Editorial-1: November 2008
Leaders are ordinary people with extraordinary determination. Nelson Mandela turned 90 on July 18, 2008 and shows no sign of slowing down. The freedom-fighter and former President of South Africa is still jetting around the world. He continues to live a highly active life.
Mandela has emerged as the world's greatest moral leader. He liberated a country from a system of violent prejudice and helped unite white and black, oppressor and oppressed, in a way that had never been done before. He overthrew apartheid and created a non-racial democratic South Africa by knowing precisely when and how to transition between his roles as warrior, martyr, diplomat and statesman.
Through the act of appearing fearless, he inspired others. The man who walked into Robben Island prison in 1964 was emotional, headstrong, easily stung. Prisoners who were with him said, watching him walk across the courtyard, upright and proud, was enough to keep them going for days. He knew that he was a model for others, and that gave him the strength to triumph over his own fear. He emerged from the prison balanced and disciplined. "I came out mature," he said.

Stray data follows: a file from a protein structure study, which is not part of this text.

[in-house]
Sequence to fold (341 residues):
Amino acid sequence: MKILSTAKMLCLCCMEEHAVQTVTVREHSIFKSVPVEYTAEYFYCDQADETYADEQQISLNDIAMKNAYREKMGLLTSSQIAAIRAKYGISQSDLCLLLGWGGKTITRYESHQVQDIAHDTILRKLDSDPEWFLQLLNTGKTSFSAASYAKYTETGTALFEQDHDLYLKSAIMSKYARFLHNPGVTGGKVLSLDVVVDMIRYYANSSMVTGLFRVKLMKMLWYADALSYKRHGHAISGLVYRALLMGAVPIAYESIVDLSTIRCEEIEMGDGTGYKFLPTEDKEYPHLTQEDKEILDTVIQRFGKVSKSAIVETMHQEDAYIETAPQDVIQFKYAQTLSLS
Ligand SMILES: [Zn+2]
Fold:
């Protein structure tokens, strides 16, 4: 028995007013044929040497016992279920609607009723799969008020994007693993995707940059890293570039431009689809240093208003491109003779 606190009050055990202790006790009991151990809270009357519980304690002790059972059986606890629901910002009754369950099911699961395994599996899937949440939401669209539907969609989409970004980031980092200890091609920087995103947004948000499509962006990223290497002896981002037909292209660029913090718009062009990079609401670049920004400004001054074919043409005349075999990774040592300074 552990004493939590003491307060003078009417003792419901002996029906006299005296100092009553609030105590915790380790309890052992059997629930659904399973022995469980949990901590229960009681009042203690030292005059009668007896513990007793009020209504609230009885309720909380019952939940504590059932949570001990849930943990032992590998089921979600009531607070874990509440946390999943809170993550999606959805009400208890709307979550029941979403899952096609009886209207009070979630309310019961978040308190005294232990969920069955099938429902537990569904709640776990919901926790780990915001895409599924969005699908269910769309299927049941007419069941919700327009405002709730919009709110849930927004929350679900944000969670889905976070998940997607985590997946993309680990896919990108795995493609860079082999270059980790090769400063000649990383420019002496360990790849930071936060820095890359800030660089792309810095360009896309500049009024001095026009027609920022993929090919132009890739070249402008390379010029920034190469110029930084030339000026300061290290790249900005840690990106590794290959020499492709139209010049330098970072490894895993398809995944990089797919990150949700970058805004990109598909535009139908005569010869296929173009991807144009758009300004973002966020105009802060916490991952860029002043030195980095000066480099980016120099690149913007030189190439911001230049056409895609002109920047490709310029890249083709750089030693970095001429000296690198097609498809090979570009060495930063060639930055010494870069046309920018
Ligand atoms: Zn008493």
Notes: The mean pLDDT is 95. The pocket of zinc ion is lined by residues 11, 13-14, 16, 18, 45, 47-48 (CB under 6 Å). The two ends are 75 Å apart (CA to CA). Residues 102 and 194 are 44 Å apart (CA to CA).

He thought way ahead of everybody else, with posterity in mind. He was thinking not in terms of days and weeks, but decades. His unwavering principles-the overthrow of apartheid and the achievement of one man, one vote-were immutable. He regarded anything that helped him get to that goal as a tactic. He was the most pragmatic of idealists. Some of his colleagues would shout at him to move faster and be more radical. But Mandela would simply listen. He would unfurl his thoughts only after appreciating everyone else's point of view. "It is wise to persuade people to do things and make them think that it is their own idea," he said.